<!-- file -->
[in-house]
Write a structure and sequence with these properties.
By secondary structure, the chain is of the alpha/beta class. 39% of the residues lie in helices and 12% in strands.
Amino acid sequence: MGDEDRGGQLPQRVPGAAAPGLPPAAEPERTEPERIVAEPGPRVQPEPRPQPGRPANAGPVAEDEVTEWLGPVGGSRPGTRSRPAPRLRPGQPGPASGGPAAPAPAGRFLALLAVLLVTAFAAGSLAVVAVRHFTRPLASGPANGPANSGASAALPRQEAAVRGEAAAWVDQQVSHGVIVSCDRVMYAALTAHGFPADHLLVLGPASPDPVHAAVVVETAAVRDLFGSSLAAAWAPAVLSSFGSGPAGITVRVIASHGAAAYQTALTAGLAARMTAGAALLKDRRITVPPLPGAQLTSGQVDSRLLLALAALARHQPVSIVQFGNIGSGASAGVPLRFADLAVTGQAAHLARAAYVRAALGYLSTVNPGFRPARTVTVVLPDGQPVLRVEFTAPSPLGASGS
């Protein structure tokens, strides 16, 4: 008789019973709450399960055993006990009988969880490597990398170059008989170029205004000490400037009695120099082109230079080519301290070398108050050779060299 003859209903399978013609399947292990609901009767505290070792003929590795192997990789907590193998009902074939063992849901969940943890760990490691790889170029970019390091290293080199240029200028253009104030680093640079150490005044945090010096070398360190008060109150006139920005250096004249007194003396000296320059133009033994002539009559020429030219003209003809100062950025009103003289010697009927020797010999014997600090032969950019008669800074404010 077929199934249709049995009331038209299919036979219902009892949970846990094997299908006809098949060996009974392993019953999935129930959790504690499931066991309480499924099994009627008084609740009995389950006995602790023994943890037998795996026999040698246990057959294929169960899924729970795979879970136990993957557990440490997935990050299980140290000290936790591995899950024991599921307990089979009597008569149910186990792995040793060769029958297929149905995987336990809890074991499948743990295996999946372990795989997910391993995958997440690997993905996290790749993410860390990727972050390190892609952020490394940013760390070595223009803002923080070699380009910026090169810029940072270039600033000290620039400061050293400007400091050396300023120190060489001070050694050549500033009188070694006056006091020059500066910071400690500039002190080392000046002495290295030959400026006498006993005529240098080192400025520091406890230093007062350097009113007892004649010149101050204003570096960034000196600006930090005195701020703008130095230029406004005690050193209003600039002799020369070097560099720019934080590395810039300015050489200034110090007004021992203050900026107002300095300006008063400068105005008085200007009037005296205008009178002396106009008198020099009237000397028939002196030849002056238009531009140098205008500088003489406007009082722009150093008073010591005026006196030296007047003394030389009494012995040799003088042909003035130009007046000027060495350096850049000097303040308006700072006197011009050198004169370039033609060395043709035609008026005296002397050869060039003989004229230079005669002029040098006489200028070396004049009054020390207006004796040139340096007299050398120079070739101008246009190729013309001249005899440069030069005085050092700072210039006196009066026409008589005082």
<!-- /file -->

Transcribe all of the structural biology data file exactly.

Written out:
[in-house]
Write a structure and sequence with these properties.
By secondary structure, the chain is of the alpha/beta class. 39% of the residues lie in helices and 12% in strands.
Amino acid sequence: MGDEDRGGQLPQRVPGAAAPGLPPAAEPERTEPERIVAEPGPRVQPEPRPQPGRPANAGPVAEDEVTEWLGPVGGSRPGTRSRPAPRLRPGQPGPASGGPAAPAPAGRFLALLAVLLVTAFAAGSLAVVAVRHFTRPLASGPANGPANSGASAALPRQEAAVRGEAAAWVDQQVSHGVIVSCDRVMYAALTAHGFPADHLLVLGPASPDPVHAAVVVETAAVRDLFGSSLAAAWAPAVLSSFGSGPAGITVRVIASHGAAAYQTALTAGLAARMTAGAALLKDRRITVPPLPGAQLTSGQVDSRLLLALAALARHQPVSIVQFGNIGSGASAGVPLRFADLAVTGQAAHLARAAYVRAALGYLSTVNPGFRPARTVTVVLPDGQPVLRVEFTAPSPLGASGS
């Protein structure tokens, strides 16, 4: 008789019973709450399960055993006990009988969880490597990398170059008989170029205004000490400037009695120099082109230079080519301290070398108050050779060299 003859209903399978013609399947292990609901009767505290070792003929590795192997990789907590193998009902074939063992849901969940943890760990490691790889170029970019390091290293080199240029200028253009104030680093640079150490005044945090010096070398360190008060109150006139920005250096004249007194003396000296320059133009033994002539009559020429030219003209003809100062950025009103003289010697009927020797010999014997600090032969950019008669800074404010 077929199934249709049995009331038209299919036979219902009892949970846990094997299908006809098949060996009974392993019953999935129930959790504690499931066991309480499924099994009627008084609740009995389950006995602790023994943890037998795996026999040698246990057959294929169960899924729970795979879970136990993957557990440490997935990050299980140290000290936790591995899950024991599921307990089979009597008569149910186990792995040793060769029958297929149905995987336990809890074991499948743990295996999946372990795989997910391993995958997440690997993905996290790749993410860390990727972050390190892609952020490394940013760390070595223009803002923080070699380009910026090169810029940072270039600033000290620039400061050293400007400091050396300023120190060489001070050694050549500033009188070694006056006091020059500066910071400690500039002190080392000046002495290295030959400026006498006993005529240098080192400025520091406890230093007062350097009113007892004649010149101050204003570096960034000196600006930090005195701020703008130095230029406004005690050193209003600039002799020369070097560099720019934080590395810039300015050489200034110090007004021992203050900026107002300095300006008063400068105005008085200007009037005296205008009178002396106009008198020099009237000397028939002196030849002056238009531009140098205008500088003489406007009082722009150093008073010591005026006196030296007047003394030389009494012995040799003088042909003035130009007046000027060495350096850049000097303040308006700072006197011009050198004169370039033609060395043709035609008026005296002397050869060039003989004229230079005669002029040098006489200028070396004049009054020390207006004796040139340096007299050398120079070739101008246009190729013309001249005899440069030069005085050092700072210039006196009066026409008589005082």